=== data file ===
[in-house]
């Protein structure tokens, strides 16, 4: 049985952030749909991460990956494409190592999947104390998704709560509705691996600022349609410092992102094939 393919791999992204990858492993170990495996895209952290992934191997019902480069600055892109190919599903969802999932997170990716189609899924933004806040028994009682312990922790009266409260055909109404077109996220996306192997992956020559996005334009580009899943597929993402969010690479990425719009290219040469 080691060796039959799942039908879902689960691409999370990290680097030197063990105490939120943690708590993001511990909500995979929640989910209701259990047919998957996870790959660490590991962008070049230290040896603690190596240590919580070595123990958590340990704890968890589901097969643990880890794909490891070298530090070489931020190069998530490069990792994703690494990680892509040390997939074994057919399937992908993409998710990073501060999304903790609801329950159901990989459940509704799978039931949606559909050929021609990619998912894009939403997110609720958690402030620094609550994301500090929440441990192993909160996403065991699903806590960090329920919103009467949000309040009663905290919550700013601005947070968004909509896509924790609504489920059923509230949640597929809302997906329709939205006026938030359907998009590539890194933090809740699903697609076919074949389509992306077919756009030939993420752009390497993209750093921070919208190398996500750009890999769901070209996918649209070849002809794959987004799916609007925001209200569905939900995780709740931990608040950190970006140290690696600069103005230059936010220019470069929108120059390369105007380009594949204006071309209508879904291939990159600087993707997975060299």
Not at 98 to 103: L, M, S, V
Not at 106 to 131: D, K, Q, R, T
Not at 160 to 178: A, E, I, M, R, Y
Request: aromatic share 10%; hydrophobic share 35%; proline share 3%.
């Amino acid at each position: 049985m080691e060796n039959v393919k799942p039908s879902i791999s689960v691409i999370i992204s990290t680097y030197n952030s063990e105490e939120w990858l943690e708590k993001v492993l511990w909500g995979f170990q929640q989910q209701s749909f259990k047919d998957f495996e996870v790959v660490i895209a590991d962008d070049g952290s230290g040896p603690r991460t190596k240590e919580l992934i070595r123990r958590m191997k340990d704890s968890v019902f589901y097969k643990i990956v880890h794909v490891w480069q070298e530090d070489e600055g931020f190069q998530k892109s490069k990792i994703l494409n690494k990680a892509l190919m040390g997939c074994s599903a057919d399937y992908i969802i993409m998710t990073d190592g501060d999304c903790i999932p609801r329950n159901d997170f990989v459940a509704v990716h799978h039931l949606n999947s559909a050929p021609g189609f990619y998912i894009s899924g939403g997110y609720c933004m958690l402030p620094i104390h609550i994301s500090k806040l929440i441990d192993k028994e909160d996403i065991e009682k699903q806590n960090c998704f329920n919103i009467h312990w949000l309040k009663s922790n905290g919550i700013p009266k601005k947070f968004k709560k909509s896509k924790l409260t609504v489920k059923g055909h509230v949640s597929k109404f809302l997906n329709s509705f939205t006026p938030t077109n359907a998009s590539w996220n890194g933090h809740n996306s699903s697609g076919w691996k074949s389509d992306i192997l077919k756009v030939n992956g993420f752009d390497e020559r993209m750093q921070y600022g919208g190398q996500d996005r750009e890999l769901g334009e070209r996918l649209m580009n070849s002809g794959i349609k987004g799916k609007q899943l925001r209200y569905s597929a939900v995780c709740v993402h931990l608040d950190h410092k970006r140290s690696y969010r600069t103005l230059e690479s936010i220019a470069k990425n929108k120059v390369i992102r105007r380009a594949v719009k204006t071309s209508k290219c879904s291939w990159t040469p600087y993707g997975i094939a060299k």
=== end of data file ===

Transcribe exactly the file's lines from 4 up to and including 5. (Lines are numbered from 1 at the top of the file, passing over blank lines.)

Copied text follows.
Not at 106 to 131: D, K, Q, R, T
Not at 160 to 178: A, E, I, M, R, Y